Volta opened in New York today, and in booth B15, Marisa Newman Projects, you’ll find an installation of work by Adler Guerrier (full disclosure: my husband!) which includes a triptych of prints.
This triptych edition of 50 can better be understood from the printmaker’s perspective as three separate editions of 50, each with two runs–or 300 runs total (if you only count the good impressions).
The base run is a polyester plate lithograph from a scanned solvent transfer, printed onto the plate from a laser printer. Adler uses solvent transfers frequently, and some funky artifacts from the initial copies that were used to make the transfers are still visible in the prints, which have their own artifacts from the janky laser printer that Adler and I used to print the litho plates. You can see the scanned solvent transfer images on his website, for comparison. [On the to-do list, by the way, is purchase a new laser printer for TBP expressly for polyester plate workshop use.]
Adler’s body of work for the past couple of years has used a color palette inspired by local flora and architecture; he gave me color samples that I had to match.
The litho ink had to be mixed somewhat in advance of printing, as I knew I would need to add mag (magnesium carbonate) to the inks to lessen the chance of the image filling in or scumming during printing; I think the polyester plates are more sensitive to the texture of mag that hasn’t sufficiently been absorbed into the ink mass than stones or ball-grained plates are, so I prefer to let the inks sit at least a day before using them.
In any case, whether the inks are oil-based or acrylic (as for screenprinting), it takes some time to get the color right, as you can see below. [The ink on black paper was for the Lubber Totes I printed for the MOA+D Bazaar Bar event, not for this project, though the rest of the tests were.]
To keep myself from getting confused by the numerous draw-downs, I name the colors once I get it right.
Polyester plate litho is printed just like stone–conceptually, at least. In practice, it can be more frustrating–things can go wrong that you don’t have as many at-press remedies for. So care taken before the plate ever makes it to the press is crucial. Plates can’t be touched, digital images either need to be half-toned or carefully adjusted for brightness and contrast, the plates need to be heat-set, inks need to be modified a bit differently, gum needs to be added to the water, and maybe a bit of mag as well.
Stones feel forgiving, generally, I think, but I have learned that polyester plate litho can be very predictable during printing; I even successfully closed a plate down with a gum-coat and printed with it again the following day with no image deterioration. This shouldn’t be news to other lithographers out there–I mean, I myself had read that it could be predictable, and that they could be used again over multiple printing sessions, but until this edition, I suppose that I hadn’t had them completely figured out.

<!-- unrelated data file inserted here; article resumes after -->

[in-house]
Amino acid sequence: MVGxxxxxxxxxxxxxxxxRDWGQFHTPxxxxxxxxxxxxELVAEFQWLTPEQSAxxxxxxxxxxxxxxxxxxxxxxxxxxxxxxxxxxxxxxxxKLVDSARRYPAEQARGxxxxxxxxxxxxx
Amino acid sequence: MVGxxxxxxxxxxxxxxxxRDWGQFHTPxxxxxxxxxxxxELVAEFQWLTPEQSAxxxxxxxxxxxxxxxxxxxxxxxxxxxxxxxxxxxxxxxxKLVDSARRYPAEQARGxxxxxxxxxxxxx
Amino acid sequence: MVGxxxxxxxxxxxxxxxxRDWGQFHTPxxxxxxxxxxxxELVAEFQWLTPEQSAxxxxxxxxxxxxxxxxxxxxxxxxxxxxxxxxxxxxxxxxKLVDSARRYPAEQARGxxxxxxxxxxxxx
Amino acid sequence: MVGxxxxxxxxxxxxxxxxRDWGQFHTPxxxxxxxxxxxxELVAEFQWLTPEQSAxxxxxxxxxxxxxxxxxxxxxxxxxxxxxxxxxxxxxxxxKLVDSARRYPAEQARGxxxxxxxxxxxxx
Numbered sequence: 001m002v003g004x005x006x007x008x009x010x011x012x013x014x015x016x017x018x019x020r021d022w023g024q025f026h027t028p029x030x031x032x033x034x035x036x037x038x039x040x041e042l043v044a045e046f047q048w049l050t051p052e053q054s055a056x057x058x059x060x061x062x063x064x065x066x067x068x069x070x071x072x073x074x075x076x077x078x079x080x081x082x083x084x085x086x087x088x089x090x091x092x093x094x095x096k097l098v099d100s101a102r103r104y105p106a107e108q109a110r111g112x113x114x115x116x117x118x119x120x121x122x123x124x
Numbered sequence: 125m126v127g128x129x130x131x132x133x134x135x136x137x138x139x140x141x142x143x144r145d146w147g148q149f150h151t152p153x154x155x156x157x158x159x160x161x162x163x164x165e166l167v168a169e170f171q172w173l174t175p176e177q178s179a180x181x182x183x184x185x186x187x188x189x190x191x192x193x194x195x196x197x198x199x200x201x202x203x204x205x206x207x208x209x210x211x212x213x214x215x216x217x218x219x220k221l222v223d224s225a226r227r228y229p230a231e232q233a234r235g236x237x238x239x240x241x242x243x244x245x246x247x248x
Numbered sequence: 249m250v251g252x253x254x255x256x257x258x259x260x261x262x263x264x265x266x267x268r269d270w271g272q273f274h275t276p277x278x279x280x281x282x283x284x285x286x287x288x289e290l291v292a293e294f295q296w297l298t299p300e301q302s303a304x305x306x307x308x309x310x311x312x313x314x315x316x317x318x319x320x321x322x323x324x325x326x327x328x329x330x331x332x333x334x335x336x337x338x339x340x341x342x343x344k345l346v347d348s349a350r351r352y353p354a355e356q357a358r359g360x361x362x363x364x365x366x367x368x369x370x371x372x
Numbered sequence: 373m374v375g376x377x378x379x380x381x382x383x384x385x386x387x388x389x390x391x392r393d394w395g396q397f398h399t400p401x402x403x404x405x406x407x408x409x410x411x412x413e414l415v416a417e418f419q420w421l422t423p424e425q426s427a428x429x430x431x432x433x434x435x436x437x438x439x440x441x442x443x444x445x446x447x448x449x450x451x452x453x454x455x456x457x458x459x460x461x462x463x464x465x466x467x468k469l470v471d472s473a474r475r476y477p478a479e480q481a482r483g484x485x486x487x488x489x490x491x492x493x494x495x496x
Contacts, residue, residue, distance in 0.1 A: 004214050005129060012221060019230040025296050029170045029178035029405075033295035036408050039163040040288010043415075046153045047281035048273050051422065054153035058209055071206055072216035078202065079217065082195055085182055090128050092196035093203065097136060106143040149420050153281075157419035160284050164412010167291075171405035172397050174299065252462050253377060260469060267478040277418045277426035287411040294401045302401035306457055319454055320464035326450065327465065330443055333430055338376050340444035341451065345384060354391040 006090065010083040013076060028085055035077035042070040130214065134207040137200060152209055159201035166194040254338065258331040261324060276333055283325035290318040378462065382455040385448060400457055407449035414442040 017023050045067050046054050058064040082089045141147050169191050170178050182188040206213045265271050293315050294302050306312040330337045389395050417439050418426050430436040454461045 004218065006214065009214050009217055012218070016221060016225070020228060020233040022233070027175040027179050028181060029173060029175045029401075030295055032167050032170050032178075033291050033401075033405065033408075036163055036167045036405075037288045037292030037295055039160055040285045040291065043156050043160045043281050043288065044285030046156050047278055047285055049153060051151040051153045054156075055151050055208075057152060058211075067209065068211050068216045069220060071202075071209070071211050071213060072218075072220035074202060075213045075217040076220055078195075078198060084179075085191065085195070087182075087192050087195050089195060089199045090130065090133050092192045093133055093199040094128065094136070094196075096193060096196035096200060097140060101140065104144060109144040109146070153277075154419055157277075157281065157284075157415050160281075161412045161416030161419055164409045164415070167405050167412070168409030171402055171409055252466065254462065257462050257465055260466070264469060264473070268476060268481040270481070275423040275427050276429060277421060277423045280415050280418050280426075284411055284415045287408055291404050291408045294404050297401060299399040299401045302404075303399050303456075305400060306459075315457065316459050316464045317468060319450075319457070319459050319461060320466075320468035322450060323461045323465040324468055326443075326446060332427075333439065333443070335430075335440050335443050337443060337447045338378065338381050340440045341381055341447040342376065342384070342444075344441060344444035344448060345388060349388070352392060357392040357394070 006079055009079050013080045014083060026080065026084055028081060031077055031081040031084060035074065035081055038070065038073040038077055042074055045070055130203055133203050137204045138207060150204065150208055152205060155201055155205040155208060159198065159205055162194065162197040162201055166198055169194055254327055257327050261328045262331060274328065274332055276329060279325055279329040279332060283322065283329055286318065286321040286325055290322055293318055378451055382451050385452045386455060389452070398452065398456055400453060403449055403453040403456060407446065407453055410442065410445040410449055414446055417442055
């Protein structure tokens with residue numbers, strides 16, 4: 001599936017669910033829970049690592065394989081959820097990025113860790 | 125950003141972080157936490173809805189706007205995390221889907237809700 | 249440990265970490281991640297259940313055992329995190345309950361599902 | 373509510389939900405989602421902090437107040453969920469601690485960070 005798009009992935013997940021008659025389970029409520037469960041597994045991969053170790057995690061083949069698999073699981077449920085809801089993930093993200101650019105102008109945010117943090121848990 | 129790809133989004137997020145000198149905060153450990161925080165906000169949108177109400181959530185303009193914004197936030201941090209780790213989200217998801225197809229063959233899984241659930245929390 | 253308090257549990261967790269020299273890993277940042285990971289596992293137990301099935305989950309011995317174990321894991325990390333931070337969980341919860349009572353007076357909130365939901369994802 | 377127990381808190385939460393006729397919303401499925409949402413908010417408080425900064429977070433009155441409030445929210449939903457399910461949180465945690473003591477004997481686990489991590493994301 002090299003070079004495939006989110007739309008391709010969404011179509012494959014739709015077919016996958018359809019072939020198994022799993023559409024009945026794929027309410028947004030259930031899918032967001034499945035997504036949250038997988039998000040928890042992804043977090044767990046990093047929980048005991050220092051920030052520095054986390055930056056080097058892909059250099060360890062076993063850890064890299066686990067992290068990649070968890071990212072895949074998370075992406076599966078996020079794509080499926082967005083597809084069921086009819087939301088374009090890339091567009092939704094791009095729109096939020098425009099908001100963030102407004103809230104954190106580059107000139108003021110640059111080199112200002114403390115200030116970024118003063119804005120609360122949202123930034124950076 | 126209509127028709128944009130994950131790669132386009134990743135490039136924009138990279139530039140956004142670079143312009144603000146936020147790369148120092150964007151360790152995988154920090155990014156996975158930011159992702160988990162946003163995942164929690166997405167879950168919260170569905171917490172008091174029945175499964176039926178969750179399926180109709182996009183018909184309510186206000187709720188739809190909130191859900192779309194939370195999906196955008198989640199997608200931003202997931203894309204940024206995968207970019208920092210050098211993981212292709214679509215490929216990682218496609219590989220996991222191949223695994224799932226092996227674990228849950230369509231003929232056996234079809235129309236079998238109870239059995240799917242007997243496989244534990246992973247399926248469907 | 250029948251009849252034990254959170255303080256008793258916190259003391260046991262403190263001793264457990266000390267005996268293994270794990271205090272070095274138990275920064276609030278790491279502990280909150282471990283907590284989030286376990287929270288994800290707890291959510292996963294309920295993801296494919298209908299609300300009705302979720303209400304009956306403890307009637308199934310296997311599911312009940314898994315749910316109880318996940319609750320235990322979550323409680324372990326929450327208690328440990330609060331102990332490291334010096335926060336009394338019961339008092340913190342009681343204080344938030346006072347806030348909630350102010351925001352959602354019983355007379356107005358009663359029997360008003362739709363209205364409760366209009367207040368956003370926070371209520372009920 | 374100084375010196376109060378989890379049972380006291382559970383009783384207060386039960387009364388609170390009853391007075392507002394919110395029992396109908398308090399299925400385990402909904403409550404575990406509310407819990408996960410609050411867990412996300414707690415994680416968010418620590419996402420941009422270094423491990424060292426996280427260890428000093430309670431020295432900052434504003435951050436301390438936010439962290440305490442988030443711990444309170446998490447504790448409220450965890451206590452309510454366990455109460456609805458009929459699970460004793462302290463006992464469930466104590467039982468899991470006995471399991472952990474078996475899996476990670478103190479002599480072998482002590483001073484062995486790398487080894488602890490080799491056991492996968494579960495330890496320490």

I’m only able to print about four or five polyester plate impressions an hour, though; it’s part of the dance that balances the speed of the image rolling up against the chance that it will roll-up too quickly, and likely then fill-in. If you do the math on 150 polyester plate impressions, you’ll soon realize that Adler has priced this triptych at a steal, and that I’m on my feet for eons during printing. The latter explains my strong advocacy for anti-fatigue mats, which I set up in regional trails in the printshop according to my movements.
If I had a litho press at Turn-Based Press, I likely would have done the base run from a solvent transfer onto a stone (amusingly, I do have those!). Since I have etching presses instead, it had to be some form of plate lithography, preferably without pin-registration (it feels too cumbersome for me on etching presses).
Adler made a gif of me registering paper to one of the plates on the pressbed. It’s epically gigantic. You can see it here.
After the litho run was sufficiently dry, a run of fine, screenprinted marks was done on top. Adler developed the marks for the screenprinted run from the actual lithographs themselves, rather than from pre-planned imagery, in case of any possible mismatch between the work-as-executed and the planned images. He drew the positives with ink on tracing paper, and they were directly exposed to the coated screens.
I don’t think we took any images of the editions while screenprinting; it was so quick. Oh, well! Here’s one of me cleaning up.
It’s always satisfying to see a whole bunch of prints side by side.
However, it’s a completely different experience than seeing the triptych as a whole, framed, installed work.
If you’re up in NYC right now, go give them a personal look-see.